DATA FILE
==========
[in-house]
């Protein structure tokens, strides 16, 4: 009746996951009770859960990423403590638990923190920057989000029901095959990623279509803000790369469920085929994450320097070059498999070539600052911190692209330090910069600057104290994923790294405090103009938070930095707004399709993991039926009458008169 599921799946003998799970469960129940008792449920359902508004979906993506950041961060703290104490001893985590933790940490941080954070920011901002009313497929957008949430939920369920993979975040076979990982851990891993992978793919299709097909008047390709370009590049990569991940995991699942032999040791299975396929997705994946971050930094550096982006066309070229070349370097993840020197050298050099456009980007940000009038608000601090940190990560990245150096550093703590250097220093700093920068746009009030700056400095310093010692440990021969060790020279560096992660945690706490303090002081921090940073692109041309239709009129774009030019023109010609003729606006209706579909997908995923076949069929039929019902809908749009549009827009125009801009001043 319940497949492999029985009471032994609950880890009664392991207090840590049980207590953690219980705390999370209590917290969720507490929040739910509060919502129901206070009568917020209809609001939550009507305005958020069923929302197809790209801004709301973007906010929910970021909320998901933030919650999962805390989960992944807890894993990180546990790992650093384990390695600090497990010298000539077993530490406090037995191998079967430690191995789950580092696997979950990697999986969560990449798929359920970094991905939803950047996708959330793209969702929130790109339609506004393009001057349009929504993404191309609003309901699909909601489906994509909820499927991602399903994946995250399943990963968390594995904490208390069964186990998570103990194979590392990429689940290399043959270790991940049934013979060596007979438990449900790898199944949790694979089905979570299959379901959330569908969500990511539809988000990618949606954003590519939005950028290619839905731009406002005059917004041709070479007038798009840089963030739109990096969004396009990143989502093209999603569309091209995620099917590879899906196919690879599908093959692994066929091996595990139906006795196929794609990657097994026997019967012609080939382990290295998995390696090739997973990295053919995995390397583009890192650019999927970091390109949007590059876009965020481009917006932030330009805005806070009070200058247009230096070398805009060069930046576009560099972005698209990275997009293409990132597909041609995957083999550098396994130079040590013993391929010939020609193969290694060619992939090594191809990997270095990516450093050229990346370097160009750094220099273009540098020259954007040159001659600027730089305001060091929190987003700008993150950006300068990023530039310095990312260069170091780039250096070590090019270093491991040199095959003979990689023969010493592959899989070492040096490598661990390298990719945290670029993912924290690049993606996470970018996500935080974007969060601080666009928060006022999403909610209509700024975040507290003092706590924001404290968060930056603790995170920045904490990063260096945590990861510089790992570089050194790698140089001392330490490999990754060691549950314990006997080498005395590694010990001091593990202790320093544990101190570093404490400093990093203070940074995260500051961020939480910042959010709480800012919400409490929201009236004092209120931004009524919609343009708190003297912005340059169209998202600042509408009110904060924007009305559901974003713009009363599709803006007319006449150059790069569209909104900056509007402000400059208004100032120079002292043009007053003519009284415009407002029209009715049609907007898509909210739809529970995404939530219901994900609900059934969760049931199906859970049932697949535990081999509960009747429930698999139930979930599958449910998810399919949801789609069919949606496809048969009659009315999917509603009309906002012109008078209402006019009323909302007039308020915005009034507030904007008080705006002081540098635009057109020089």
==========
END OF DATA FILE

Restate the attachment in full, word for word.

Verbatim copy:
[in-house]
């Protein structure tokens, strides 16, 4: 009746996951009770859960990423403590638990923190920057989000029901095959990623279509803000790369469920085929994450320097070059498999070539600052911190692209330090910069600057104290994923790294405090103009938070930095707004399709993991039926009458008169 599921799946003998799970469960129940008792449920359902508004979906993506950041961060703290104490001893985590933790940490941080954070920011901002009313497929957008949430939920369920993979975040076979990982851990891993992978793919299709097909008047390709370009590049990569991940995991699942032999040791299975396929997705994946971050930094550096982006066309070229070349370097993840020197050298050099456009980007940000009038608000601090940190990560990245150096550093703590250097220093700093920068746009009030700056400095310093010692440990021969060790020279560096992660945690706490303090002081921090940073692109041309239709009129774009030019023109010609003729606006209706579909997908995923076949069929039929019902809908749009549009827009125009801009001043 319940497949492999029985009471032994609950880890009664392991207090840590049980207590953690219980705390999370209590917290969720507490929040739910509060919502129901206070009568917020209809609001939550009507305005958020069923929302197809790209801004709301973007906010929910970021909320998901933030919650999962805390989960992944807890894993990180546990790992650093384990390695600090497990010298000539077993530490406090037995191998079967430690191995789950580092696997979950990697999986969560990449798929359920970094991905939803950047996708959330793209969702929130790109339609506004393009001057349009929504993404191309609003309901699909909601489906994509909820499927991602399903994946995250399943990963968390594995904490208390069964186990998570103990194979590392990429689940290399043959270790991940049934013979060596007979438990449900790898199944949790694979089905979570299959379901959330569908969500990511539809988000990618949606954003590519939005950028290619839905731009406002005059917004041709070479007038798009840089963030739109990096969004396009990143989502093209999603569309091209995620099917590879899906196919690879599908093959692994066929091996595990139906006795196929794609990657097994026997019967012609080939382990290295998995390696090739997973990295053919995995390397583009890192650019999927970091390109949007590059876009965020481009917006932030330009805005806070009070200058247009230096070398805009060069930046576009560099972005698209990275997009293409990132597909041609995957083999550098396994130079040590013993391929010939020609193969290694060619992939090594191809990997270095990516450093050229990346370097160009750094220099273009540098020259954007040159001659600027730089305001060091929190987003700008993150950006300068990023530039310095990312260069170091780039250096070590090019270093491991040199095959003979990689023969010493592959899989070492040096490598661990390298990719945290670029993912924290690049993606996470970018996500935080974007969060601080666009928060006022999403909610209509700024975040507290003092706590924001404290968060930056603790995170920045904490990063260096945590990861510089790992570089050194790698140089001392330490490999990754060691549950314990006997080498005395590694010990001091593990202790320093544990101190570093404490400093990093203070940074995260500051961020939480910042959010709480800012919400409490929201009236004092209120931004009524919609343009708190003297912005340059169209998202600042509408009110904060924007009305559901974003713009009363599709803006007319006449150059790069569209909104900056509007402000400059208004100032120079002292043009007053003519009284415009407002029209009715049609907007898509909210739809529970995404939530219901994900609900059934969760049931199906859970049932697949535990081999509960009747429930698999139930979930599958449910998810399919949801789609069919949606496809048969009659009315999917509603009309906002012109008078209402006019009323909302007039308020915005009034507030904007008080705006002081540098635009057109020089």